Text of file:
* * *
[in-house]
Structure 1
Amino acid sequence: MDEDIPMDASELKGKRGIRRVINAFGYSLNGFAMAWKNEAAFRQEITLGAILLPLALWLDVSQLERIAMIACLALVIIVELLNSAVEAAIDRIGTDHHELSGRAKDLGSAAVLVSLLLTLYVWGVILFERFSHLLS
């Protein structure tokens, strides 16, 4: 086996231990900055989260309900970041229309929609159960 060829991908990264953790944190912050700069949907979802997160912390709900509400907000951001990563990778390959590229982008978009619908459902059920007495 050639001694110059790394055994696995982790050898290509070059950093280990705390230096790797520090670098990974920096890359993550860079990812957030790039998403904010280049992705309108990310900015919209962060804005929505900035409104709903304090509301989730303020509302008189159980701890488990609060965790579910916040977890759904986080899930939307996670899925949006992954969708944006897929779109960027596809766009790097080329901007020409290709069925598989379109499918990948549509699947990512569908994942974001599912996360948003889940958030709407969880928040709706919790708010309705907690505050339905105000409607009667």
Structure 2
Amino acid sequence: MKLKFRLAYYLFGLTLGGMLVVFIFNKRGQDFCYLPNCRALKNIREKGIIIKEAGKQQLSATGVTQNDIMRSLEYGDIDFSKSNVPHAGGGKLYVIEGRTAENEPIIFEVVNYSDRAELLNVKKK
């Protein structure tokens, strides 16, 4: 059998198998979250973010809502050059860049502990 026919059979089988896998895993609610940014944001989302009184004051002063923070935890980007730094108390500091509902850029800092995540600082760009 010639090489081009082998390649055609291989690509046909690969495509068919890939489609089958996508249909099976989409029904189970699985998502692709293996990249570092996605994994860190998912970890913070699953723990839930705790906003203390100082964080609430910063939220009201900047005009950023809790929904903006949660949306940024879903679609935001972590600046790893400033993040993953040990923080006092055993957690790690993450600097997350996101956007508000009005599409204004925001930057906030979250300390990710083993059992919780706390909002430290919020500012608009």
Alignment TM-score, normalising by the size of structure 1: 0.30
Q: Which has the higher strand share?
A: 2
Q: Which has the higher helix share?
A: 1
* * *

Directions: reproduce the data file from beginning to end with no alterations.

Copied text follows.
[in-house]
Structure 1
Amino acid sequence: MDEDIPMDASELKGKRGIRRVINAFGYSLNGFAMAWKNEAAFRQEITLGAILLPLALWLDVSQLERIAMIACLALVIIVELLNSAVEAAIDRIGTDHHELSGRAKDLGSAAVLVSLLLTLYVWGVILFERFSHLLS
């Protein structure tokens, strides 16, 4: 086996231990900055989260309900970041229309929609159960 060829991908990264953790944190912050700069949907979802997160912390709900509400907000951001990563990778390959590229982008978009619908459902059920007495 050639001694110059790394055994696995982790050898290509070059950093280990705390230096790797520090670098990974920096890359993550860079990812957030790039998403904010280049992705309108990310900015919209962060804005929505900035409104709903304090509301989730303020509302008189159980701890488990609060965790579910916040977890759904986080899930939307996670899925949006992954969708944006897929779109960027596809766009790097080329901007020409290709069925598989379109499918990948549509699947990512569908994942974001599912996360948003889940958030709407969880928040709706919790708010309705907690505050339905105000409607009667």
Structure 2
Amino acid sequence: MKLKFRLAYYLFGLTLGGMLVVFIFNKRGQDFCYLPNCRALKNIREKGIIIKEAGKQQLSATGVTQNDIMRSLEYGDIDFSKSNVPHAGGGKLYVIEGRTAENEPIIFEVVNYSDRAELLNVKKK
């Protein structure tokens, strides 16, 4: 059998198998979250973010809502050059860049502990 026919059979089988896998895993609610940014944001989302009184004051002063923070935890980007730094108390500091509902850029800092995540600082760009 010639090489081009082998390649055609291989690509046909690969495509068919890939489609089958996508249909099976989409029904189970699985998502692709293996990249570092996605994994860190998912970890913070699953723990839930705790906003203390100082964080609430910063939220009201900047005009950023809790929904903006949660949306940024879903679609935001972590600046790893400033993040993953040990923080006092055993957690790690993450600097997350996101956007508000009005599409204004925001930057906030979250300390990710083993059992919780706390909002430290919020500012608009």
Alignment TM-score, normalising by the size of structure 1: 0.30
Q: Which has the higher strand share?
A: 2
Q: Which has the higher helix share?
A: 1